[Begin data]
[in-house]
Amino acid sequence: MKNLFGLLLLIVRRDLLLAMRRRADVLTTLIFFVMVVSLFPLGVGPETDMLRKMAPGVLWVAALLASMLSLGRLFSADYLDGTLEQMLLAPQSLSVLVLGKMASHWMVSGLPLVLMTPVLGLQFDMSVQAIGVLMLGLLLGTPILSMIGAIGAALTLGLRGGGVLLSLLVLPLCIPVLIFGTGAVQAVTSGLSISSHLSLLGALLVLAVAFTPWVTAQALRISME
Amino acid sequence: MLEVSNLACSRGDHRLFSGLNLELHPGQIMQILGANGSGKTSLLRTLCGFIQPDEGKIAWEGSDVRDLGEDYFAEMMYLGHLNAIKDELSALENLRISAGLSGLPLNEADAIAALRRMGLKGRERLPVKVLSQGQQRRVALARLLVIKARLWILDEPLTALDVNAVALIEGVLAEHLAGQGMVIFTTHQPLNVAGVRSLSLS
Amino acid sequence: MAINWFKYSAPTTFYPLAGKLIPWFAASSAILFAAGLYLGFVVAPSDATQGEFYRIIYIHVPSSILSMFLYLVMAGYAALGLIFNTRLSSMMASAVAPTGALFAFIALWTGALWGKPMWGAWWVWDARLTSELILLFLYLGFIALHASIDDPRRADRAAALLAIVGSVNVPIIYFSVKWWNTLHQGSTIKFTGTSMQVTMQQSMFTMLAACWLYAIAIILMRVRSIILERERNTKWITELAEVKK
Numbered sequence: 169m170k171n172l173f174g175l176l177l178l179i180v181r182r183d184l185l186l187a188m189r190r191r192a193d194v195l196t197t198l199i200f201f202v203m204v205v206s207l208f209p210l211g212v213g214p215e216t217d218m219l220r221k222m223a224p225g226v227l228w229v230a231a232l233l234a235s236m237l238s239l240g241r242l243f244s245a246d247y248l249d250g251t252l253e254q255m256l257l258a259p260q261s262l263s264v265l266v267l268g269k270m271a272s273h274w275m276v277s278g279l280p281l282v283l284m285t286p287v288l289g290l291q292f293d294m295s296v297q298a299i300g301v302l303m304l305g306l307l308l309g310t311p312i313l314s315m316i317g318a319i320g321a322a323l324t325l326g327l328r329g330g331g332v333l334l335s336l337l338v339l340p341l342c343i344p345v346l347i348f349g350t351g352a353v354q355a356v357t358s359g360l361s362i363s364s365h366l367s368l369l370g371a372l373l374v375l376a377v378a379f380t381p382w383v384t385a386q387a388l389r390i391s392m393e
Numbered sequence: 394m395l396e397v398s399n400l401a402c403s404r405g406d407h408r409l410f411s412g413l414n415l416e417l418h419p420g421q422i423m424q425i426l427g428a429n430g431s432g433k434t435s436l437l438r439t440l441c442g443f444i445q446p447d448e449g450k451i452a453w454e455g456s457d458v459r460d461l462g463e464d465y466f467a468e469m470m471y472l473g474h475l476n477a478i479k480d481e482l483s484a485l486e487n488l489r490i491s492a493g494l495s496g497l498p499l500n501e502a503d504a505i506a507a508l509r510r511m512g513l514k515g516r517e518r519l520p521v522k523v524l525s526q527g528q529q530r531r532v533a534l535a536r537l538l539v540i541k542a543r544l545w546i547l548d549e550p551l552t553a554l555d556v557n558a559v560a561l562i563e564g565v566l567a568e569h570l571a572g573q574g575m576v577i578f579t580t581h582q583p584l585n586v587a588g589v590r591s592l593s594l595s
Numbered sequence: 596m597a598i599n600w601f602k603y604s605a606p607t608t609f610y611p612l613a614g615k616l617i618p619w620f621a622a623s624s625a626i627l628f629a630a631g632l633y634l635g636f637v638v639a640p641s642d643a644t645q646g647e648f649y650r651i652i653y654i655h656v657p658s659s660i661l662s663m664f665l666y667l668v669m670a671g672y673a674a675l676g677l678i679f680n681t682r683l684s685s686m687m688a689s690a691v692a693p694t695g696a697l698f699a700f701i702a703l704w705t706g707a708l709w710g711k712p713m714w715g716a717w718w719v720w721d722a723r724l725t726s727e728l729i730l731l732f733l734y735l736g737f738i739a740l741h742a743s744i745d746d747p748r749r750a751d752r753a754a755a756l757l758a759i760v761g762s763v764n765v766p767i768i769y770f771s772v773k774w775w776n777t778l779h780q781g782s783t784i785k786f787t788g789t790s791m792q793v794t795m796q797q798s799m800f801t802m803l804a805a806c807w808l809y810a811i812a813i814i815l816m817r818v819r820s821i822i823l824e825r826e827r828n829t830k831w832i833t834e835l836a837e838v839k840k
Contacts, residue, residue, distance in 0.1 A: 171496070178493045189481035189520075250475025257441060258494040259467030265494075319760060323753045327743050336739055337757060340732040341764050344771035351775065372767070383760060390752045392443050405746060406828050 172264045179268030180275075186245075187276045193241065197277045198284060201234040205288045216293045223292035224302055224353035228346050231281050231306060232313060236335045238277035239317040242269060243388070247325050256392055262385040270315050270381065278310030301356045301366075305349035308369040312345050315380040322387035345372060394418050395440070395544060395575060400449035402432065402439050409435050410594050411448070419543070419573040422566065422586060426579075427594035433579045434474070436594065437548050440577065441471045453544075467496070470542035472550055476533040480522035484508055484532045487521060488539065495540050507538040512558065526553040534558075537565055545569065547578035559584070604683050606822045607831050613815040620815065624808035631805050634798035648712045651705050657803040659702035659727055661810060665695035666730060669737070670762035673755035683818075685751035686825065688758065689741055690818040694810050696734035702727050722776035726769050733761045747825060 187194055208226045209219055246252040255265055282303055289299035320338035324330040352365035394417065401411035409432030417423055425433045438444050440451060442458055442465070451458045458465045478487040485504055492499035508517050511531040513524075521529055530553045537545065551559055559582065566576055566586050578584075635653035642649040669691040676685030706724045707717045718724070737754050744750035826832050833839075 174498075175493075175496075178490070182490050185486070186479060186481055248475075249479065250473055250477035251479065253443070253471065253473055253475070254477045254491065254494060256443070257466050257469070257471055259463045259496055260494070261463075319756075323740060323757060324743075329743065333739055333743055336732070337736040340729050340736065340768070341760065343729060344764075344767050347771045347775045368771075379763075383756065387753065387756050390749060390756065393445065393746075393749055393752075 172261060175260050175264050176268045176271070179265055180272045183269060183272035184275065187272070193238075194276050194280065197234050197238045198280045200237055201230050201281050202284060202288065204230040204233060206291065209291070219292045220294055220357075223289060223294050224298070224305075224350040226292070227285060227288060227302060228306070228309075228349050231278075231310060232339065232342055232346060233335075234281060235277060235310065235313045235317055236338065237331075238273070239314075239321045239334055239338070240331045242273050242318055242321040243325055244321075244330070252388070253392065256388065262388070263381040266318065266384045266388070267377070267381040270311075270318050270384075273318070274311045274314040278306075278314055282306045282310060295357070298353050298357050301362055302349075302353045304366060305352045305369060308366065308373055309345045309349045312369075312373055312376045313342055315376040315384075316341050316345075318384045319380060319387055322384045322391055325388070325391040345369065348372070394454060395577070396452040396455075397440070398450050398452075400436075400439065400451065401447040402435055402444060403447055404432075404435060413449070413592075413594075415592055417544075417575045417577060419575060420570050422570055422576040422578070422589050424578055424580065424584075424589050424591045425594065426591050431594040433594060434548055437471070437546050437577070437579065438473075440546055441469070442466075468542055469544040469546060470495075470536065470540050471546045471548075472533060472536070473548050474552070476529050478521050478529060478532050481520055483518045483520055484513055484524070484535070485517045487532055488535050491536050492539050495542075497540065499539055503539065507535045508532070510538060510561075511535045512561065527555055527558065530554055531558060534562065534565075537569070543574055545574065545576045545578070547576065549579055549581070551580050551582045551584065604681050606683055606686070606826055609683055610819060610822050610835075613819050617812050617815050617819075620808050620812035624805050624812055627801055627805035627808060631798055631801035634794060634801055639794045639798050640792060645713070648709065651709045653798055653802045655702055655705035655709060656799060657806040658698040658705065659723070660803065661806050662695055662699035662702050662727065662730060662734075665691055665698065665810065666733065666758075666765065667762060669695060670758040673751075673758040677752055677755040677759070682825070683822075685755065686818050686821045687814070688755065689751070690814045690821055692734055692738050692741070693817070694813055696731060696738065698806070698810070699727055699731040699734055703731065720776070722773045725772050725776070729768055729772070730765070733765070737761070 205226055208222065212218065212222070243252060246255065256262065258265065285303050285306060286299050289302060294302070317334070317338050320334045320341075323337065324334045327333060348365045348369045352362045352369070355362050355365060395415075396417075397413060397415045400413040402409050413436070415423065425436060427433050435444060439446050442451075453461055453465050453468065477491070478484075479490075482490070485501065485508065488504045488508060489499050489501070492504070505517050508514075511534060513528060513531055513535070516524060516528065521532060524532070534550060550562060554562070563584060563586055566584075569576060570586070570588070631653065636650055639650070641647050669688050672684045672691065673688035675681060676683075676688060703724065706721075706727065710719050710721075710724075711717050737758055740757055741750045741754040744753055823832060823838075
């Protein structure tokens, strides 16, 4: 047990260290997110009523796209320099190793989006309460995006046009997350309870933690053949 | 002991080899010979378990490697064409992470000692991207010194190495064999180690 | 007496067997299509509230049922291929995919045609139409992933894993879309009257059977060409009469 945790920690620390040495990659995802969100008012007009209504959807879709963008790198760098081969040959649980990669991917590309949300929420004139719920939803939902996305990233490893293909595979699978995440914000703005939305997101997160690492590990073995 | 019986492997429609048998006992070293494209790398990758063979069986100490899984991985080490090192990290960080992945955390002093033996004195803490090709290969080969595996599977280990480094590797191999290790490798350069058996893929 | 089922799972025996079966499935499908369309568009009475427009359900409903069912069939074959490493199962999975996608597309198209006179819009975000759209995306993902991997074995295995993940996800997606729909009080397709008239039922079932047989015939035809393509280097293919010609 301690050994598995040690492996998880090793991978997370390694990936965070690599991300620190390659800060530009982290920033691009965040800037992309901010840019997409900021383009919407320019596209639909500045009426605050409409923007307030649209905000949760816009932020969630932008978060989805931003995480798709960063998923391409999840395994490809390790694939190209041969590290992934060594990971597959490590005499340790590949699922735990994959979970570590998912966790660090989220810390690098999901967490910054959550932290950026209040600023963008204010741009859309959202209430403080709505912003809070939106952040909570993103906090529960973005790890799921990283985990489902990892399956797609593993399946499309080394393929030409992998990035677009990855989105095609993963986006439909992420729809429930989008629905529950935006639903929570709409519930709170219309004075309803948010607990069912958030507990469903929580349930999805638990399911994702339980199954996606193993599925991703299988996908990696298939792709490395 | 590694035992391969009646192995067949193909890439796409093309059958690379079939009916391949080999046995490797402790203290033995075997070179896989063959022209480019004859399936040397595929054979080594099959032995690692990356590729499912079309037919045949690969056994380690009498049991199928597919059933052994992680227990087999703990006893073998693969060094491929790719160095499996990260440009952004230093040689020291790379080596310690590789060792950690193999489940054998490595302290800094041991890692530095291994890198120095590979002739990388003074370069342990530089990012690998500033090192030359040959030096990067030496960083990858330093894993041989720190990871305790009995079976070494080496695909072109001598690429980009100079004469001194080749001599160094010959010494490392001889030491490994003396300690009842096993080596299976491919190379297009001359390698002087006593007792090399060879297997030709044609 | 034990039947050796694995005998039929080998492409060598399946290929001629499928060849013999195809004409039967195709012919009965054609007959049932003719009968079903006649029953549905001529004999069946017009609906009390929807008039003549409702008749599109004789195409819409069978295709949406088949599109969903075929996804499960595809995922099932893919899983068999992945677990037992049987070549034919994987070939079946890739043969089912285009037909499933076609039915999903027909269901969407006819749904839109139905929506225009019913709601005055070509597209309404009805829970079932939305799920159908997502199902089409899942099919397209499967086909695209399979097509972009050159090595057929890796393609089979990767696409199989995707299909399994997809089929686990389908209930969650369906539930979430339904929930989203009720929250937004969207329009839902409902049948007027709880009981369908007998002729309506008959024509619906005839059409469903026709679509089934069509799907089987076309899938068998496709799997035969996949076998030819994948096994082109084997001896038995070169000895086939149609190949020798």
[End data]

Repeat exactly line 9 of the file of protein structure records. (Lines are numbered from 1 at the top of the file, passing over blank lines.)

């Protein structure tokens, strides 16, 4: 047990260290997110009523796209320099190793989006309460995006046009997350309870933690053949 | 002991080899010979378990490697064409992470000692991207010194190495064999180690 | 007496067997299509509230049922291929995919045609139409992933894993879309009257059977060409009469 945790920690620390040495990659995802969100008012007009209504959807879709963008790198760098081969040959649980990669991917590309949300929420004139719920939803939902996305990233490893293909595979699978995440914000703005939305997101997160690492590990073995 | 019986492997429609048998006992070293494209790398990758063979069986100490899984991985080490090192990290960080992945955390002093033996004195803490090709290969080969595996599977280990480094590797191999290790490798350069058996893929 | 089922799972025996079966499935499908369309568009009475427009359900409903069912069939074959490493199962999975996608597309198209006179819009975000759209995306993902991997074995295995993940996800997606729909009080397709008239039922079932047989015939035809393509280097293919010609 301690050994598995040690492996998880090793991978997370390694990936965070690599991300620190390659800060530009982290920033691009965040800037992309901010840019997409900021383009919407320019596209639909500045009426605050409409923007307030649209905000949760816009932020969630932008978060989805931003995480798709960063998923391409999840395994490809390790694939190209041969590290992934060594990971597959490590005499340790590949699922735990994959979970570590998912966790660090989220810390690098999901967490910054959550932290950026209040600023963008204010741009859309959202209430403080709505912003809070939106952040909570993103906090529960973005790890799921990283985990489902990892399956797609593993399946499309080394393929030409992998990035677009990855989105095609993963986006439909992420729809429930989008629905529950935006639903929570709409519930709170219309004075309803948010607990069912958030507990469903929580349930999805638990399911994702339980199954996606193993599925991703299988996908990696298939792709490395 | 590694035992391969009646192995067949193909890439796409093309059958690379079939009916391949080999046995490797402790203290033995075997070179896989063959022209480019004859399936040397595929054979080594099959032995690692990356590729499912079309037919045949690969056994380690009498049991199928597919059933052994992680227990087999703990006893073998693969060094491929790719160095499996990260440009952004230093040689020291790379080596310690590789060792950690193999489940054998490595302290800094041991890692530095291994890198120095590979002739990388003074370069342990530089990012690998500033090192030359040959030096990067030496960083990858330093894993041989720190990871305790009995079976070494080496695909072109001598690429980009100079004469001194080749001599160094010959010494490392001889030491490994003396300690009842096993080596299976491919190379297009001359390698002087006593007792090399060879297997030709044609 | 034990039947050796694995005998039929080998492409060598399946290929001629499928060849013999195809004409039967195709012919009965054609007959049932003719009968079903006649029953549905001529004999069946017009609906009390929807008039003549409702008749599109004789195409819409069978295709949406088949599109969903075929996804499960595809995922099932893919899983068999992945677990037992049987070549034919994987070939079946890739043969089912285009037909499933076609039915999903027909269901969407006819749904839109139905929506225009019913709601005055070509597209309404009805829970079932939305799920159908997502199902089409899942099919397209499967086909695209399979097509972009050159090595057929890796393609089979990767696409199989995707299909399994997809089929686990389908209930969650369906539930979430339904929930989203009720929250937004969207329009839902409902049948007027709880009981369908007998002729309506008959024509619906005839059409469903026709679509089934069509799907089987076309899938068998496709799997035969996949076998030819994948096994082109084997001896038995070169000895086939149609190949020798």